OCZ Arc 100 240GB Review

August 13, 2014 | 15:17

Tags: #barefoot-3 #budget-ssd #ssd

Companies: #indilinx #ocz #ocz-storage-solutions #toshiba

OCZ Arc 100 240GB Review

Manufacturer: OCZ Storage Solutions
UK price (as reviewed):
Approx. £90 (inc VAT)
US price (as reviewed): MSRP $119.99 (ex Tax)

Since Toshiba completed its acquisition of OCZ at the start of this year, OCZ has unsurprisingly put Toshiba NAND into both its Vector and Vertex lines, but today marks the first launch of a brand new line of SSDs since the takeover. The Arc 100 SSDs are the company's first real set of entry-level consumer drives with a real focus on value for money, much like the Samsung SSD 840 EVO and the Crucial MX100. The MSRP of $119.99 puts the 240GB model at approximately £90 including VAT for UK users. This is certainly great value, and close to the price of the equivalent capacity Samsung and Crucial drives just mentioned.

*OCZ Arc 100 240GB Review **NDA 13/08/14 3pm** OCZ Arc 100 240GB Review
Click to enlarge

The Arc 100 is your standard 7mm tall 2.5-inch SSD with a SATA 6Gbps connection. The chassis is all metal, and feels heavy and very robust. A sticker with a clean design worthy of showing off in builds covers the entire front face. The drive also ships solo – no accessories or software is included.

The nominal capacity of 240GB means OCZ is using a bit of extra overprovisioning on the 256GB of raw NAND. It's common to see drives do this in order to aid their garbage collection and wear levelling algorithms and to thus improve I/O consistency and endurance. In this case, you lose 14.9GB of usable space after formatting compared to drives with nominal capacities of 256GB.

OCZ Arc 100120GB240GB480GB
Max Sequential Read (MB/sec)475480490
Max Sequential Write (MB/sec)395430450
Max Random Read - 4K QD32 (IOPS)75,00075,00075,000
Max Random Write - 4K QD32 (IOPS)80,00080,00080,000
Steady-State Random Write - 4K QD32 (IOPS)12,00018,00020,000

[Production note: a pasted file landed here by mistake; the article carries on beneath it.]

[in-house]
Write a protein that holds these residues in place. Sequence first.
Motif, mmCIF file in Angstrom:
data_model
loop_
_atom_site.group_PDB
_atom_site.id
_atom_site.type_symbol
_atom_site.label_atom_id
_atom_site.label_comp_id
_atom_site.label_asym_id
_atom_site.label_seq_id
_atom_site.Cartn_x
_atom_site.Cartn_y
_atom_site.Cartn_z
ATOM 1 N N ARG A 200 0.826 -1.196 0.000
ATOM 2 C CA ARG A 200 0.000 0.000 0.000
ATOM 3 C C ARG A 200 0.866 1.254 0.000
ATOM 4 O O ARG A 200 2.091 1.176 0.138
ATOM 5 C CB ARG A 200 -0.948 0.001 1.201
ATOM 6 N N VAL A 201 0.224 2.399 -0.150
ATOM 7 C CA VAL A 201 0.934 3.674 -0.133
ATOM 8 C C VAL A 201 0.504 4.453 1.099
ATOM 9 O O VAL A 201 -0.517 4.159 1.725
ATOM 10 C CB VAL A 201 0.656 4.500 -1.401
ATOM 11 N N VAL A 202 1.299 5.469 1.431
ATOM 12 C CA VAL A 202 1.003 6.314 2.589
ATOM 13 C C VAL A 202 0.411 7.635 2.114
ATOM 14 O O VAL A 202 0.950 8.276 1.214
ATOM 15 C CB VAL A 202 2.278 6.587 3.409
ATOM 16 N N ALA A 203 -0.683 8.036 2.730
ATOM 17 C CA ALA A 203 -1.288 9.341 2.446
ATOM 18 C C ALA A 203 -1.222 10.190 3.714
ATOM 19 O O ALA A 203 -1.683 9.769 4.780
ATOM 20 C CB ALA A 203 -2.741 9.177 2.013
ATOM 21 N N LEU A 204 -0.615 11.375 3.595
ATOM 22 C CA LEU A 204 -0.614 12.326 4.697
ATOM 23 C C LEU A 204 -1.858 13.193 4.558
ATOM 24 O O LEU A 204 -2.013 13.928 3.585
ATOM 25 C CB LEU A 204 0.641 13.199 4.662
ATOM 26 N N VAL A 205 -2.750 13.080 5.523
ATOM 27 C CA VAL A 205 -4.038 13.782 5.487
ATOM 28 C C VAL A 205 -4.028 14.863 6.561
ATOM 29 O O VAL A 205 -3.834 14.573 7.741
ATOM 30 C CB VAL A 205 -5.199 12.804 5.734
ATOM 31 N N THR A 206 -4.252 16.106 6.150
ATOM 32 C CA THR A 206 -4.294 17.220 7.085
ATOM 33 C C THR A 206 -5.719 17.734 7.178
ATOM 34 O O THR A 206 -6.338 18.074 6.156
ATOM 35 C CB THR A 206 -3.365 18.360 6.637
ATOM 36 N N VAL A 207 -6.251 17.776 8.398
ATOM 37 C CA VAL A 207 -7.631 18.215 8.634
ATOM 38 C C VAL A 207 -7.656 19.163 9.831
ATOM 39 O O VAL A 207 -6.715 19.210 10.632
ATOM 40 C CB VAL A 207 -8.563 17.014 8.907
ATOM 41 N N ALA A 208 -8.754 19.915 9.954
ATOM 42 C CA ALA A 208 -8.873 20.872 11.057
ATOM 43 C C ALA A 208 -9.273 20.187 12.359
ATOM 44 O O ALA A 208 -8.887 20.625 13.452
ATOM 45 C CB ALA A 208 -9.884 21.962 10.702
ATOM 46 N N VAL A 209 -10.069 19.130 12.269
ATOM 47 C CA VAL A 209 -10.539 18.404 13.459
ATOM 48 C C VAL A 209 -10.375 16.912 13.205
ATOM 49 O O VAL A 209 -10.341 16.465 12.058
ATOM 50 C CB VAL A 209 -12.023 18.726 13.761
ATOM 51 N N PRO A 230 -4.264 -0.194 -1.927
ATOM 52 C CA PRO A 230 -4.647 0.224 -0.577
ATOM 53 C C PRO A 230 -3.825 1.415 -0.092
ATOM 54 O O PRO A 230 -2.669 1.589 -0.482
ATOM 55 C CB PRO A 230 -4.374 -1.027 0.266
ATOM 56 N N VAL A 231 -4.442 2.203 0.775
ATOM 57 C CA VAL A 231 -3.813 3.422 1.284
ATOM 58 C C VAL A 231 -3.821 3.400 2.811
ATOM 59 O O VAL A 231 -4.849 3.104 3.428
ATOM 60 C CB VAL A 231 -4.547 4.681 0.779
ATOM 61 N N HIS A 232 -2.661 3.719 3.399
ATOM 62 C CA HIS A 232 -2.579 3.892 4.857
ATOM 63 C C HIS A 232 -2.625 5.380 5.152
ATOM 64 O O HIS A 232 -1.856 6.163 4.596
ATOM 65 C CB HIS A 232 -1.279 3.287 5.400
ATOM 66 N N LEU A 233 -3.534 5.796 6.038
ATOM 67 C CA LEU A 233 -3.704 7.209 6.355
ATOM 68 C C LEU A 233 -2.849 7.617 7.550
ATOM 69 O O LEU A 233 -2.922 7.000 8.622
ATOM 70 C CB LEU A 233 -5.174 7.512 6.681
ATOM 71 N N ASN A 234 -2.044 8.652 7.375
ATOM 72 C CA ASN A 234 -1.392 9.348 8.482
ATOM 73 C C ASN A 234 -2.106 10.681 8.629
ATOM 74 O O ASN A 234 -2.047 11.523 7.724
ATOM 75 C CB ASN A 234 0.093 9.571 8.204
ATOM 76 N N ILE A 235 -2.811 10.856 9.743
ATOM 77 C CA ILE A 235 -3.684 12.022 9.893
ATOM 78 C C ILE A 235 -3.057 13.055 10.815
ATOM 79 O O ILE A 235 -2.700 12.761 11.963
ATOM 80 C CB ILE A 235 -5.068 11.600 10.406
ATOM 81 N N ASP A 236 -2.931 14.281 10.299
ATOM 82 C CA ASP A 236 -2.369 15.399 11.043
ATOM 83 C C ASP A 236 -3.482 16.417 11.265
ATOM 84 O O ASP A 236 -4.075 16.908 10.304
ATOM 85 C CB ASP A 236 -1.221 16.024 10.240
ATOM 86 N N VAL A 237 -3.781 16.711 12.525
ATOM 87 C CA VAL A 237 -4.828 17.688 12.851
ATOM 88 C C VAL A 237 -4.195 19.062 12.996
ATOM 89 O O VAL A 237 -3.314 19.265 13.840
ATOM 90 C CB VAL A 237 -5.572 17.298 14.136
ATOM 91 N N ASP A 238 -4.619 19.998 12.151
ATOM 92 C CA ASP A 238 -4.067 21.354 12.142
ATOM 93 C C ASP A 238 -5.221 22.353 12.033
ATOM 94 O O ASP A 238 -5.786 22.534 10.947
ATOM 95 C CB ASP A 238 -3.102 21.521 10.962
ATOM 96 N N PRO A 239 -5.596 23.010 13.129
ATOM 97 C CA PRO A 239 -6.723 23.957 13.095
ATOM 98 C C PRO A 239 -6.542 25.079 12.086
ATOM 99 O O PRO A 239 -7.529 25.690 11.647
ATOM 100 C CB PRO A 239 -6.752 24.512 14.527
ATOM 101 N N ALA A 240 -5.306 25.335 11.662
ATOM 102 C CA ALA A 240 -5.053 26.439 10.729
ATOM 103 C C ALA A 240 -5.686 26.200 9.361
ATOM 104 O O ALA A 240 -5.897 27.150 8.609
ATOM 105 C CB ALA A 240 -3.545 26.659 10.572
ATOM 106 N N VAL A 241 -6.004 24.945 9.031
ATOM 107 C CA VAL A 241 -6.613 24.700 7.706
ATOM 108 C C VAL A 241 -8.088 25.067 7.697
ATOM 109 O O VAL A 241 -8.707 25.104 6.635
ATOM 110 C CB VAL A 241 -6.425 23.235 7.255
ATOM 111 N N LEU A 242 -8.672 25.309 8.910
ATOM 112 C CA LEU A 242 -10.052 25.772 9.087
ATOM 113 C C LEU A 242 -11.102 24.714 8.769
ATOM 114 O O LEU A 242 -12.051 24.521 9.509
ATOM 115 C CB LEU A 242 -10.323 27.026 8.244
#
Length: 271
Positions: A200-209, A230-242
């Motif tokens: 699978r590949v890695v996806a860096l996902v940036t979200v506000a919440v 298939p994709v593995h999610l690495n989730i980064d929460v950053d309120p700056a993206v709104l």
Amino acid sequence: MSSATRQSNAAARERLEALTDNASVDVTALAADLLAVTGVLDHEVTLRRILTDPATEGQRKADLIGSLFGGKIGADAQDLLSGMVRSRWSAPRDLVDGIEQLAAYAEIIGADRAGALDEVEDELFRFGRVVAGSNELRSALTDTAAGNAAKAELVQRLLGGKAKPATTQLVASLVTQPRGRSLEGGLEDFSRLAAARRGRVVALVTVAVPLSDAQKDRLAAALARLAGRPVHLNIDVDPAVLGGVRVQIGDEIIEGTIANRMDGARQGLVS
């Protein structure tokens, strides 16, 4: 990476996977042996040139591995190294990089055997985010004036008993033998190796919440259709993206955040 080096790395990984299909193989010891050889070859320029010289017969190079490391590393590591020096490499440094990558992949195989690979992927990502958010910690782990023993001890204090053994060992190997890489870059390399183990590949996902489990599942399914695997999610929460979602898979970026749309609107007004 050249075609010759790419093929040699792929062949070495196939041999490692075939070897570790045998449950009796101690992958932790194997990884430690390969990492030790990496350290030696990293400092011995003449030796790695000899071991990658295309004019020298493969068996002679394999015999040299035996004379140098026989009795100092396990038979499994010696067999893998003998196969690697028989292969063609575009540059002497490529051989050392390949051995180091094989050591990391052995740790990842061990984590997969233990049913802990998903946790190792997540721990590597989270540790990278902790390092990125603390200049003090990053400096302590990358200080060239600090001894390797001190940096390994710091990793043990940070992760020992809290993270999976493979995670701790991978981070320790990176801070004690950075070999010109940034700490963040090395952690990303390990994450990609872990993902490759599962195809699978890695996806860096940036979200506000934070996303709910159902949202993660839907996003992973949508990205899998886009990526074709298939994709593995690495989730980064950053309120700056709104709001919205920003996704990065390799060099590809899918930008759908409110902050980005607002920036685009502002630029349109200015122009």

We're used to seeing drives now with maximum sequential read and write speeds that virtually saturate the SATA 6Gbps bus, i.e. between 500 and 550MB/sec, and with maximum random read and write speeds of between 90,000 and 100,000 IOPS, so with this in mind the claimed specifications for the Arc 100 range are pretty underwhelming.

However, OCZ is very keen to stress that the major benefits of its drive is its performance in mixed workloads and its ability to maintain performance consistency, hence the inclusion of steady state random performance in the specs. On the other hand, I/O consistency and steady state performance are typically traits more relevant to professional and enterprise drives, as for most home users (i.e. those that OCZ are explicitly targeting here) peak performance is generally considered more important given that demands on storage devices from such users most often come in individual bursts as opposed to a relentless bombardment of I/O requests. Even so, it is of course a benefit for an SSD to be able to maintain performance over time.

*OCZ Arc 100 240GB Review **NDA 13/08/14 3pm** OCZ Arc 100 240GB Review
Click to enlarge

In terms of hardware, the Arc 100 is the first OCZ drive to use Toshiba's A19nm MLC NAND (the previous gen was known simply as 19nm MLC, and the A here stands for Advanced). This NAND is apparently pretty flexible, as it's used in high-end and professional products as well – Toshiba includes it in its own HG6 SSDs and the upcoming Vector 180 from OCZ will also contain it.

*OCZ Arc 100 240GB Review **NDA 13/08/14 3pm** OCZ Arc 100 240GB Review
Click to enlarge

The controller is a familiar sight, the Barefoot 3 M10 from Indilinx, which is an eight-channel model that's also used in the Vertex 460. It is essentially a downclocked variant of the Barefoot 3 M00 used in the Vector 150. As you'd expect, the Arc 100 uses firmware developed in-house by OCZ.

*OCZ Arc 100 240GB Review **NDA 13/08/14 3pm** OCZ Arc 100 240GB Review *OCZ Arc 100 240GB Review **NDA 13/08/14 3pm** OCZ Arc 100 240GB Review
Click to enlarge

As is common with entry level SSDs, the Arc 100 ships with a three year warranty and an endurance rating of 20GB/day of host writes, which means you can write approximately 22TB of data to it before the warranty is invalid. This is also the same as the drive above it in the stack, the Vertex 460, while the premium Vector 150 carries a five year warranty rated for 50GB/day.

Encryption comes in the form of 256-bit AES; support for Opal 2.0 and IEEE-1667 is absent. This means both the SSD 840 EVO and MX100 have it beaten here, and the latter drive also features built in data redundancy through RAIN as well as power loss protection.


Interface: SATA 6Gbps
Nominal capacity: 240GB
Formatted capacity: 223.57GiB
Controller: Indilinx Barefoot 3 M10
Cache: 2 x Micron
Memory type/amount: Toshiba A19nm MLC (16 x 16GB packages)
Endurance rating: ~22TB total host writes
Warranty: Three years (20GB/day workload)
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